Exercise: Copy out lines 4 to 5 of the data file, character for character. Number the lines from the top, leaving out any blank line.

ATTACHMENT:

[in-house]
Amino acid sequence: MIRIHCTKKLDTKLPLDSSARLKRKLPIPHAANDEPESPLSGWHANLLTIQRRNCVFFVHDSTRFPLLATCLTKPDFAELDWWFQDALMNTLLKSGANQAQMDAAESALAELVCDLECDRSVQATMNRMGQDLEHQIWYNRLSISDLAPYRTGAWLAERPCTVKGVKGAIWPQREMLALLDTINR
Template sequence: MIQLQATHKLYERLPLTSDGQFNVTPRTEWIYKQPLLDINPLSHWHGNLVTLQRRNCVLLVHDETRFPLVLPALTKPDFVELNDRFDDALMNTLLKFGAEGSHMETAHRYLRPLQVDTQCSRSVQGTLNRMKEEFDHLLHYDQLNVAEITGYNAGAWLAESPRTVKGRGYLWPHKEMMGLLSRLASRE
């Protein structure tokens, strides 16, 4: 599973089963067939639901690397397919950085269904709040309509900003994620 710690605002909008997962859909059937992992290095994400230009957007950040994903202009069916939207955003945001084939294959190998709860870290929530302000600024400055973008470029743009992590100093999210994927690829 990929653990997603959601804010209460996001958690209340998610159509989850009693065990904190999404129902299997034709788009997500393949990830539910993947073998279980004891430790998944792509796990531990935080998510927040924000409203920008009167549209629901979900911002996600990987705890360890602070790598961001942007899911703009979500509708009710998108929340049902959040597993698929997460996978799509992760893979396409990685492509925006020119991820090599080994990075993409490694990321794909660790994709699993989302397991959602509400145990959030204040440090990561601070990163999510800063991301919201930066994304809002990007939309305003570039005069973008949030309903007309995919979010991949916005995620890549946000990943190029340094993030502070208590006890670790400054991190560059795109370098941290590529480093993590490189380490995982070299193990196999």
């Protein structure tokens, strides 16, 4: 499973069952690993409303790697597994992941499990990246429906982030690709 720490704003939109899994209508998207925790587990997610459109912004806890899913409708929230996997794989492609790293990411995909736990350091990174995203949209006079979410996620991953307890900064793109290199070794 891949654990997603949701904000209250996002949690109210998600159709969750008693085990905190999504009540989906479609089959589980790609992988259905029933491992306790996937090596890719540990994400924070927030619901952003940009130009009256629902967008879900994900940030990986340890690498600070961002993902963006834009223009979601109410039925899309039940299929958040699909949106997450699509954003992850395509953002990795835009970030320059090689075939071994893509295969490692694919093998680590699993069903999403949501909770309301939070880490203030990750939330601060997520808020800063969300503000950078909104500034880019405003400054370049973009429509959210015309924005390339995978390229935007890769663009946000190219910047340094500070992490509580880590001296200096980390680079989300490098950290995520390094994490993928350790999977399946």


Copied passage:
């Protein structure tokens, strides 16, 4: 599973089963067939639901690397397919950085269904709040309509900003994620 710690605002909008997962859909059937992992290095994400230009957007950040994903202009069916939207955003945001084939294959190998709860870290929530302000600024400055973008470029743009992590100093999210994927690829 990929653990997603959601804010209460996001958690209340998610159509989850009693065990904190999404129902299997034709788009997500393949990830539910993947073998279980004891430790998944792509796990531990935080998510927040924000409203920008009167549209629901979900911002996600990987705890360890602070790598961001942007899911703009979500509708009710998108929340049902959040597993698929997460996978799509992760893979396409990685492509925006020119991820090599080994990075993409490694990321794909660790994709699993989302397991959602509400145990959030204040440090990561601070990163999510800063991301919201930066994304809002990007939309305003570039005069973008949030309903007309995919979010991949916005995620890549946000990943190029340094993030502070208590006890670790400054991190560059795109370098941290590529480093993590490189380490995982070299193990196999």
């Protein structure tokens, strides 16, 4: 499973069952690993409303790697597994992941499990990246429906982030690709 720490704003939109899994209508998207925790587990997610459109912004806890899913409708929230996997794989492609790293990411995909736990350091990174995203949209006079979410996620991953307890900064793109290199070794 891949654990997603949701904000209250996002949690109210998600159709969750008693085990905190999504009540989906479609089959589980790609992988259905029933491992306790996937090596890719540990994400924070927030619901952003940009130009009256629902967008879900994900940030990986340890690498600070961002993902963006834009223009979601109410039925899309039940299929958040699909949106997450699509954003992850395509953002990795835009970030320059090689075939071994893509295969490692694919093998680590699993069903999403949501909770309301939070880490203030990750939330601060997520808020800063969300503000950078909104500034880019405003400054370049973009429509959210015309924005390339995978390229935007890769663009946000190219910047340094500070992490509580880590001296200096980390680079989300490098950290995520390094994490993928350790999977399946």